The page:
It is not unusual for Marsha Blackburn to start her day on national television.
Take for instance the early morning of Jan. 28, when the Republican congressman — her preferred title, as opposed to congresswoman — from Tennessee’s 7th District, which includes suburbs of Nashville and Memphis, joined MSNBC’s Morning Joe to discuss the budget, the debt and the role of women in business.
At one point, host Joe Scarborough suggested that the average citizen just doesn’t care much about the national debt.
“You know, I would’ve agreed with that as recently as three years ago, I would’ve agreed with that,” Blackburn replied. “Today, the debt is kitchen-table conversation.”
Later, the panel discussed a piece in The New York Times on the gender gap in the corporate world, as well as in politics. In it, writer Nicholas Kristof cited Sheryl Sandberg, the chief operating officer of Facebook, who has said the gap is due to entrenched chauvinism, but also perhaps to women’s tendency to pursue advancement less aggressively than men.
“I think that there is a certain point in that, there’s a valid point,” said Blackburn, who has written a book on women as leaders titled Life Equity. “Part of it is, yes, women will lean in, they will push in, but then they don’t like being excluded because, maybe a male-dominated environment thinks that they’re too pushy and that they’re trying to force their way into a situation, so they will back up. And in my career, I’ve seen that happen, where I would push forward, and then I would move back a little bit.”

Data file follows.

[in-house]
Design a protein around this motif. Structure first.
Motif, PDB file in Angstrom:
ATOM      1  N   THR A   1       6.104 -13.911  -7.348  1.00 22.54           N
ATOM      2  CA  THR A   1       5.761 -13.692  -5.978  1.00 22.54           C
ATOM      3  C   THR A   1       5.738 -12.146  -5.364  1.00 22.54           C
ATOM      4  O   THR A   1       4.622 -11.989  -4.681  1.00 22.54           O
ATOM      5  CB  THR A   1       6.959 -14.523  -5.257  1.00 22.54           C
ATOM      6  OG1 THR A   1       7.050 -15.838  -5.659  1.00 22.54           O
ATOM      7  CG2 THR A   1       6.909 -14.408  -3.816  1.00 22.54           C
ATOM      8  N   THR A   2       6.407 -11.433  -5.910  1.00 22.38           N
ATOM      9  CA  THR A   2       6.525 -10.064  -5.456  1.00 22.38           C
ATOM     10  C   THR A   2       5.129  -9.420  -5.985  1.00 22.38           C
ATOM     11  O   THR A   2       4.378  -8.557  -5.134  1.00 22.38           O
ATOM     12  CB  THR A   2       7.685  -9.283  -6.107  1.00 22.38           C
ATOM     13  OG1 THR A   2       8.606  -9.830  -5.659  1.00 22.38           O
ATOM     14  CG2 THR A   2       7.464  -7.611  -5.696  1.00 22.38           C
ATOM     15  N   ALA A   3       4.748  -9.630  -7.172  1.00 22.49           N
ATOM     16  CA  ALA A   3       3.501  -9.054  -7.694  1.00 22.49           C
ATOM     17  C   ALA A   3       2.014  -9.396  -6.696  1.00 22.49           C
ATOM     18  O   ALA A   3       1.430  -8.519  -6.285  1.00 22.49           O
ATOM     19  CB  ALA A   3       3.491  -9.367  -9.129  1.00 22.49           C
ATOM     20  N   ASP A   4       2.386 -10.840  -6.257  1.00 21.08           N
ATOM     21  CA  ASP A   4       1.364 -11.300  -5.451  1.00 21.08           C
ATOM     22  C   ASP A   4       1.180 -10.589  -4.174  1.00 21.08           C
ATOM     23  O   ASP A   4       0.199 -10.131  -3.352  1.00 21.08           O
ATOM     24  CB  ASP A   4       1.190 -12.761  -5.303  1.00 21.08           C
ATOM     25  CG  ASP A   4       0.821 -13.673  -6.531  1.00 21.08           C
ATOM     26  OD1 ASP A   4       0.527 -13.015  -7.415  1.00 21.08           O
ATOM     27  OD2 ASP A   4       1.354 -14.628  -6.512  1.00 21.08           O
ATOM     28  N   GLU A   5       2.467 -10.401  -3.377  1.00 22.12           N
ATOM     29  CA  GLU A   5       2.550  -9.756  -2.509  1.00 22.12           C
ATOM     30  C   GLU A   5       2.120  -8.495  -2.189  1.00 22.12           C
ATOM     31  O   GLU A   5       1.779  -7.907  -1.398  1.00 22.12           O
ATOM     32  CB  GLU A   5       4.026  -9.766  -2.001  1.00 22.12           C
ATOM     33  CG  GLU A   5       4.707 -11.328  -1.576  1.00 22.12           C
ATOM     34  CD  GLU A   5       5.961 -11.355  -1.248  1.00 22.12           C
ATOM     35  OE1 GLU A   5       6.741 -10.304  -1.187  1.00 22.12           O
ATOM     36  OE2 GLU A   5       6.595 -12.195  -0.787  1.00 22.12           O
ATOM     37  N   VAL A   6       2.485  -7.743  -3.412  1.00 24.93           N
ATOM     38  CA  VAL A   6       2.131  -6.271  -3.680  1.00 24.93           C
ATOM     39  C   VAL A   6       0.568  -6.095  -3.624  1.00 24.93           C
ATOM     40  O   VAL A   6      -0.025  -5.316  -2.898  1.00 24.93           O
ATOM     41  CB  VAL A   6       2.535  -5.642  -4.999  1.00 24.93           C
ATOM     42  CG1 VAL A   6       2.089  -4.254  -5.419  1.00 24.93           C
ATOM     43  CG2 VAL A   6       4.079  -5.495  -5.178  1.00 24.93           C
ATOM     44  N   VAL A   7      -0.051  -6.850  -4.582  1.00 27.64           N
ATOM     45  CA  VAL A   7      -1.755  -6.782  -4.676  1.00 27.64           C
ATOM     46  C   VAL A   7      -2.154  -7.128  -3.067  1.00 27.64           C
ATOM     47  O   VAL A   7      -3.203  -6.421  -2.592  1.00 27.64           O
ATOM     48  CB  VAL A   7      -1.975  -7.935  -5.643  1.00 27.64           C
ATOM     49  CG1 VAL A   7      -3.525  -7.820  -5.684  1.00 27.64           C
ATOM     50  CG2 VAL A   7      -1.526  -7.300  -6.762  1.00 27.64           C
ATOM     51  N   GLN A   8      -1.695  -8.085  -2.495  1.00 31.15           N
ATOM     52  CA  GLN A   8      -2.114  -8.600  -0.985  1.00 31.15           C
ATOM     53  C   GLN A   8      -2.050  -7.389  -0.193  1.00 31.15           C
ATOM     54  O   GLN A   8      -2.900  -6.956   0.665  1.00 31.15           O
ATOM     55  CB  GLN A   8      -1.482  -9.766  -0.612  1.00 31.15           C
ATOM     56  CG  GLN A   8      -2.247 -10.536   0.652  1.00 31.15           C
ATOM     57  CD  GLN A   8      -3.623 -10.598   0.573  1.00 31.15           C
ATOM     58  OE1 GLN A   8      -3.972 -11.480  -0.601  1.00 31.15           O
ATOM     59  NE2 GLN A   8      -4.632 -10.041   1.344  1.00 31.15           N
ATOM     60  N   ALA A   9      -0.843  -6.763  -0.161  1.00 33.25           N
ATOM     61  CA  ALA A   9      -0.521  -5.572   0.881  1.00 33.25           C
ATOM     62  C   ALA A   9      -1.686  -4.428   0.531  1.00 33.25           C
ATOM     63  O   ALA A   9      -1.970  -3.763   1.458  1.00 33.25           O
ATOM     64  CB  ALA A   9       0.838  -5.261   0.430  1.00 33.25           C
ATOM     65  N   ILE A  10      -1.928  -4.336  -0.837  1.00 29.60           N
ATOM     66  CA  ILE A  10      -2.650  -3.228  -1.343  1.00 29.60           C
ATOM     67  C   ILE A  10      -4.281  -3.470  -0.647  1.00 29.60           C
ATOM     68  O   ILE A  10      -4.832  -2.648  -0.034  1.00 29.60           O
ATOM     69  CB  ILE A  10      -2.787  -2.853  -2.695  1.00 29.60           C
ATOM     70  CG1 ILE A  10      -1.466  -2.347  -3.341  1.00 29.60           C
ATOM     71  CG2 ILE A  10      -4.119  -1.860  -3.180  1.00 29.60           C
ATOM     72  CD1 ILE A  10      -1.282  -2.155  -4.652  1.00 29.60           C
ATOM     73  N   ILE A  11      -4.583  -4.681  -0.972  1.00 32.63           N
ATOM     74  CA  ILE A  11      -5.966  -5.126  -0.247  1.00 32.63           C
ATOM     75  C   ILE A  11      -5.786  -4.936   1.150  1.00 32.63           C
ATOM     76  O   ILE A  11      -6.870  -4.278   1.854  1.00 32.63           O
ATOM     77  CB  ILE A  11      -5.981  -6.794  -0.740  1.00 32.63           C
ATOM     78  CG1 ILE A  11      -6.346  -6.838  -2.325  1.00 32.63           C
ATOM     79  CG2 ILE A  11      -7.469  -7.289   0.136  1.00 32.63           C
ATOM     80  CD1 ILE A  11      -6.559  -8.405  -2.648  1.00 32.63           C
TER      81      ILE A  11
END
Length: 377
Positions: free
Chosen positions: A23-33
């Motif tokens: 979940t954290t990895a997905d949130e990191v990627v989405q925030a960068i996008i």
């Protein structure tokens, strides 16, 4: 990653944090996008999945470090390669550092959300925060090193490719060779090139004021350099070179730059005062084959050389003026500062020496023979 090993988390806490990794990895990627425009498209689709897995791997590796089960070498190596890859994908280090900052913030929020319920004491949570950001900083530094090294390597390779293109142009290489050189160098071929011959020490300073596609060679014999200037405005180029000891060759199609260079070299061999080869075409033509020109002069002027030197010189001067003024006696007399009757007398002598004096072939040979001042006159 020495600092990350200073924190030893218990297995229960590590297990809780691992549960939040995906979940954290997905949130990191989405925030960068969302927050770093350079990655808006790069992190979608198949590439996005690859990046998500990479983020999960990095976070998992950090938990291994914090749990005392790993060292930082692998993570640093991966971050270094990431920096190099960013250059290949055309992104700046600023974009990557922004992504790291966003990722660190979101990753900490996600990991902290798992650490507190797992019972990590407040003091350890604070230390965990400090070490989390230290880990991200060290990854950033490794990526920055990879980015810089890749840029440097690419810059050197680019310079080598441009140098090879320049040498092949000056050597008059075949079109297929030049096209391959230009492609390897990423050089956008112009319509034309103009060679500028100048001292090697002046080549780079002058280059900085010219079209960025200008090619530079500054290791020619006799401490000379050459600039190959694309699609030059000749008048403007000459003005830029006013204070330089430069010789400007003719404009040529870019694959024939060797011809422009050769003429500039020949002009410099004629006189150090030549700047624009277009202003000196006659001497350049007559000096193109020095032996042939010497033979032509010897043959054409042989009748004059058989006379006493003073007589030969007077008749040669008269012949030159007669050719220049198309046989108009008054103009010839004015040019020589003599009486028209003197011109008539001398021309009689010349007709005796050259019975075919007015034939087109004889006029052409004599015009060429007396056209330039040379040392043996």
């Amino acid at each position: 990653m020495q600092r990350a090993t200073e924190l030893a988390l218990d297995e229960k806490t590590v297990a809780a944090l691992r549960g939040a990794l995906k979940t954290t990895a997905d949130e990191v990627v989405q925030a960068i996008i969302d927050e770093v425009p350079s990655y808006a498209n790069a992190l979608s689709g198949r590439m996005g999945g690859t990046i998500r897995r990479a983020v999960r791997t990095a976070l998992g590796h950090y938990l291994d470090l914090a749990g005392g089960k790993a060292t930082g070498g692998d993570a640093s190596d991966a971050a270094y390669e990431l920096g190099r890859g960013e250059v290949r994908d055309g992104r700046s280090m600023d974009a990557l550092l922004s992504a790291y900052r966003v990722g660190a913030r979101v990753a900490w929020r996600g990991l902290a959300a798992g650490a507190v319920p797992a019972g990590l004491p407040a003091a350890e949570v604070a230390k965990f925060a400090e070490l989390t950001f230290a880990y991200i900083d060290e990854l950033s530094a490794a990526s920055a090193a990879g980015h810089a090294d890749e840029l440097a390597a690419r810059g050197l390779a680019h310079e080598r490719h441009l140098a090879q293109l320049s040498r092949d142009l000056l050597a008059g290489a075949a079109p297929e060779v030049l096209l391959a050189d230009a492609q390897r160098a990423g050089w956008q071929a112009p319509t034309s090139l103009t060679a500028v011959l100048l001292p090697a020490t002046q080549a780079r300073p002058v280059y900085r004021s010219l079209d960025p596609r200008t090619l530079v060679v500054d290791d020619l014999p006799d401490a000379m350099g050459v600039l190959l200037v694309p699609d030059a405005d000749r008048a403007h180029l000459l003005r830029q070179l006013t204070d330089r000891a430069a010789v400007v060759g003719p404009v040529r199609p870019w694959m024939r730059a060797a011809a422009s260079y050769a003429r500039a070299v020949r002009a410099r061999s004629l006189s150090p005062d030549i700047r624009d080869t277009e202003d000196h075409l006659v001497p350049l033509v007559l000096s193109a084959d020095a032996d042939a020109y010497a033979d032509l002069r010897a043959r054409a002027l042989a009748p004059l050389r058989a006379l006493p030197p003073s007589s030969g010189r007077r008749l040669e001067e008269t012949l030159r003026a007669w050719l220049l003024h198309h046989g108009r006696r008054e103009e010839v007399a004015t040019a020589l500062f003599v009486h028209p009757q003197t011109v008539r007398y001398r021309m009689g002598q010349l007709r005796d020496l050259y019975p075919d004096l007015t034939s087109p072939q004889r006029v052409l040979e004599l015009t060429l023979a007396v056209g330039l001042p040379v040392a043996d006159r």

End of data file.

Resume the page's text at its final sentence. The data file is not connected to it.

Blackburn knows what it is to operate in such an environment, having risen to prominence in
the persistently male-dominated world of politics. She served as chairman of the Williamson County Republican Party from 1989 to 1991, and was the first woman from Tennessee to be elected to Congress outright. (Three other women had previously represented the state in Congress, but only after the untimely deaths of their respective husbands.)
Since President Barack Obama took office in 2008, Blackburn’s media profile has grown steadily. For the past year-and-a-half in particular, she has maintained a seemingly ubiquitous cable news presence. A tea party conservative with a folksy demeanor that is at times reminiscent of a certain former Alaska governor and vice presidential candidate, she has sometimes made news by her media appearances alone. A YouTube search yields pages of TV clips uploaded by viewers from the political left and right, for the purpose of mockery, outrage or celebration.
“I’ve always told my constituents,” she said in a recent interview with The City Paper, “you may not always agree with me, but you are always going to know where I stand.”
That is truer now, perhaps, than ever before. By August 2012, according to her office, Blackburn had made 40 national television appearances. So far this year, she has made 20 such appearances. And her increased presence is not confined to the weekday chatter on cable news. After appearing five times on Sunday morning political chat shows in 2012, Blackburn has shown up three times this year.
Soon after leaving the set of Morning Joe on Jan. 28, she appeared again, at 9:15 a.m. EST on the Fox News show America’s Newsroom, to discuss gun control proposals coming from the White House. As a graphic noting her “A” rating from the National Rifle Association scrolled at the bottom of the screen, she said an assault weapons ban was “not going to happen” (a prediction that has since been validated), questioned the actual size of the “gun show loophole,” and said the focus should be more on violence in our culture, and mental health.